The University of Illinois hosted the special event “Feeding a Heating Planet” — the third and final edition of the PBS NewsHour series “Tipping Point: Agriculture on the Brink” on May 24, 2023.

During the 90-minute livestreamed event, Emmy-award-winning science journalist and Tipping Point Executive Producer Miles O’Brien interviewed industry leaders alongside experts from the University. Audience questions submitted were addressed.

The United Nations estimates the world population will reach 10 billion by 2060. As the world's population expands, so do concerns about how to sustainably grow enough food. Food production also takes a toll on the environment. A recent U.N.-backed study found that more than one-third of human-caused global greenhouse gas emissions come from the way our food is processed and packaged.

The program delved deep into possible solutions, such as biotech approaches, to make farming more climate-resilient; the role remote sensing, data analysis, modeling, and artificial intelligence can play in planting smarter; crop diversification as a strategy for making agriculture carbon negative; erosion and water quality issues that can be addressed by relatively simple techniques like reduced or no-tillage and cover cropping; and the role the federal government could play in creating incentives for change in the 2023 Farm Bill.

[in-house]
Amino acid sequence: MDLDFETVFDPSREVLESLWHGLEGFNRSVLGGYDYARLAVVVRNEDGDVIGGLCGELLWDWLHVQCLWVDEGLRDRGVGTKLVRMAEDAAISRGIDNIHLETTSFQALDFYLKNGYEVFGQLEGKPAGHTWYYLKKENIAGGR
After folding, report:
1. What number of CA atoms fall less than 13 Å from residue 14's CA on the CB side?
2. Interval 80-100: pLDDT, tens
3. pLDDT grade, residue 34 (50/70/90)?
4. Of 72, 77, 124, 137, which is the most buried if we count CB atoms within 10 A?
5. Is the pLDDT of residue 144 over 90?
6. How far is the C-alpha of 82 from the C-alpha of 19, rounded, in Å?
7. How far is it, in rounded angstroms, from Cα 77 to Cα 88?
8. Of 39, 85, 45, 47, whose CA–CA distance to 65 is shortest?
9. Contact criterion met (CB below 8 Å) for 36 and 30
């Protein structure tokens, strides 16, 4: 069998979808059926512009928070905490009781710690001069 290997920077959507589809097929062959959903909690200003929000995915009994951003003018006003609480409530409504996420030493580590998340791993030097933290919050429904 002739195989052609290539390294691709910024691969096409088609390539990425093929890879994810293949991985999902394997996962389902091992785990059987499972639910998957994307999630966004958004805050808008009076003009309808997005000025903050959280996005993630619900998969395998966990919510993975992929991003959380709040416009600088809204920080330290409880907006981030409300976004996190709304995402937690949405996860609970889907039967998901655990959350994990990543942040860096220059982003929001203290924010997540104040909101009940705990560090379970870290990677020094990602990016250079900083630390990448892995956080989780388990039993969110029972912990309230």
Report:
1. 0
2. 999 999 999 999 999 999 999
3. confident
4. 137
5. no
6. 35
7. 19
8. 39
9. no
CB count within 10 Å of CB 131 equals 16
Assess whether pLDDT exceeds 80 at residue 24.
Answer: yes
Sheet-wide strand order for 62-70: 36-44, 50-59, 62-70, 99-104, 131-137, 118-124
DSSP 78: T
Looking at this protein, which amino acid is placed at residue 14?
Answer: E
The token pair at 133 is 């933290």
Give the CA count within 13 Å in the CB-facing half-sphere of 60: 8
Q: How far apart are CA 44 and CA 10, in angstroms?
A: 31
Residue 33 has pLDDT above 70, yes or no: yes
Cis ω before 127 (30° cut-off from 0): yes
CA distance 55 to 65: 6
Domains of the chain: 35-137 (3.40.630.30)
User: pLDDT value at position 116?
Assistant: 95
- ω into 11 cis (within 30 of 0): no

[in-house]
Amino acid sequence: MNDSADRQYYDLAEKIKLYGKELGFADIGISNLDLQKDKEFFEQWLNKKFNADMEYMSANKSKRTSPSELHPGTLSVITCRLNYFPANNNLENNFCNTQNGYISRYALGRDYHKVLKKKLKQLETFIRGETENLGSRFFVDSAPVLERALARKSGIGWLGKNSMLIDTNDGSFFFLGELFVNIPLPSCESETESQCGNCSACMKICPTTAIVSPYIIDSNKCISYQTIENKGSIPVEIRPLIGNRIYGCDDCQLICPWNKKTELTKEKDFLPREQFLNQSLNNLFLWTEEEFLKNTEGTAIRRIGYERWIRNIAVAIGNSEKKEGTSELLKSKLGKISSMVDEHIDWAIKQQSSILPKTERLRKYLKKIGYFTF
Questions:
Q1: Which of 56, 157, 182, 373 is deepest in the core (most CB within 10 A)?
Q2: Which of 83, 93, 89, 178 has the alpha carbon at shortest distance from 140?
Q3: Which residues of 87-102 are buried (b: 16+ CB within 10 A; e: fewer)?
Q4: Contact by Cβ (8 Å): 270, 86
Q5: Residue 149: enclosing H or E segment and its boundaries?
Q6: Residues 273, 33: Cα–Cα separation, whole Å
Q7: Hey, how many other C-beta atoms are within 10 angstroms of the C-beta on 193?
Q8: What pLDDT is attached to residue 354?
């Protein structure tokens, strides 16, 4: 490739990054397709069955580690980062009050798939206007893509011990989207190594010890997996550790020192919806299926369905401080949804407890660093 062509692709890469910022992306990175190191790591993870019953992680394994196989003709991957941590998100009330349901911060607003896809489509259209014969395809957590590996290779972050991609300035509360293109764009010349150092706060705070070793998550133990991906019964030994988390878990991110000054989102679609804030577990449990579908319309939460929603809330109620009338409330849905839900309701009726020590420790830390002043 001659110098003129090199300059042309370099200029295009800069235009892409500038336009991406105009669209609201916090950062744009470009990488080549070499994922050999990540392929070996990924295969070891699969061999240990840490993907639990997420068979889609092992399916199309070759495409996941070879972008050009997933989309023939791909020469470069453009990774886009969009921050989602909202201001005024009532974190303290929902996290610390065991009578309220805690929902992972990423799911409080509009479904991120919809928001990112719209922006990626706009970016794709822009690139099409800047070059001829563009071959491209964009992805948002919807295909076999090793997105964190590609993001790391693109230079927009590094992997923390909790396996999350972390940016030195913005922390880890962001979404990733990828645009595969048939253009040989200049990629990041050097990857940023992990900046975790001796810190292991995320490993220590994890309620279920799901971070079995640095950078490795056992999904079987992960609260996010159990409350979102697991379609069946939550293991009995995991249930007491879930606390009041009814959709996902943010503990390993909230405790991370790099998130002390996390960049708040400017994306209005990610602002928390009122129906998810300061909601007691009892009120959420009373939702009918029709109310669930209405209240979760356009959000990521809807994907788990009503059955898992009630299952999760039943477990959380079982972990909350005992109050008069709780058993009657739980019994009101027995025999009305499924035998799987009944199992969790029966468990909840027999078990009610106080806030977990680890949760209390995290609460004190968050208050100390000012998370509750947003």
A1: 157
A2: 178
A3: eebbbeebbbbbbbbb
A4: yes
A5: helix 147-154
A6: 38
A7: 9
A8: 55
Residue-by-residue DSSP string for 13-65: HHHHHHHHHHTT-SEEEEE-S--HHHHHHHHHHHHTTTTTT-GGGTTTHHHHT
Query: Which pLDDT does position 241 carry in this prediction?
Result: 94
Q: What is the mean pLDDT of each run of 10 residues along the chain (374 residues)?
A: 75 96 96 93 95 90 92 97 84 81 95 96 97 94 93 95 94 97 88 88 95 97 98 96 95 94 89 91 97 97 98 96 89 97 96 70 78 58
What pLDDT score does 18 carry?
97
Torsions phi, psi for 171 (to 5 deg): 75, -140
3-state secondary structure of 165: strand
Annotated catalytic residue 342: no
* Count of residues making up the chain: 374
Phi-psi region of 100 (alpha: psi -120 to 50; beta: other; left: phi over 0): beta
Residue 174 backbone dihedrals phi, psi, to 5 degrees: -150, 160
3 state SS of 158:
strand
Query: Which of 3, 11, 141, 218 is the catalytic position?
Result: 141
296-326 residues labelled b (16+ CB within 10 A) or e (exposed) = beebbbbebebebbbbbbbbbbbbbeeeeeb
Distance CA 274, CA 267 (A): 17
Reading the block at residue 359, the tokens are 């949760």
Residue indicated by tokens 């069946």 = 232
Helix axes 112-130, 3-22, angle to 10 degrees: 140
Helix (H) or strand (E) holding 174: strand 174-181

Andrew Leakey, head of plant biology and professor of crop sciences, and head of the Center for Advanced Bioenergy and Bioproducts Innovation (CABBI), discussed research aimed at developing crops with improved water-use efficiency.

Stephen Long, professor of plant biology and crop sciences and director of the Realizing Increased Photosynthetic Efficiency (RIPE) project, delved into efforts to identify and intervene at the genetic level to enhance crop resilience to high temperatures.

Andrew Margenot, professor of crop sciences and affiliate faculty in the Program in Ecology, Evolution, & Conservation Biology, discussed how soil is an important factor to secure our food supply.

The program also featured university alumni, local farmers, experts from the Illinois Farm Bureau and the Triple Helix Institute, and U.S. Senator Debbi Stabenow.

The “Tipping Point” series is sustained by a generous grant from the principal funder, the Walton Family Foundation, which also supports Margenot’s research. Additional funding is provided by the Doris Duke Charitable Foundation, the Gordon and Betty Moore Foundation, and John F. Swift.

Watch the Tipping Point special event on Youtube:

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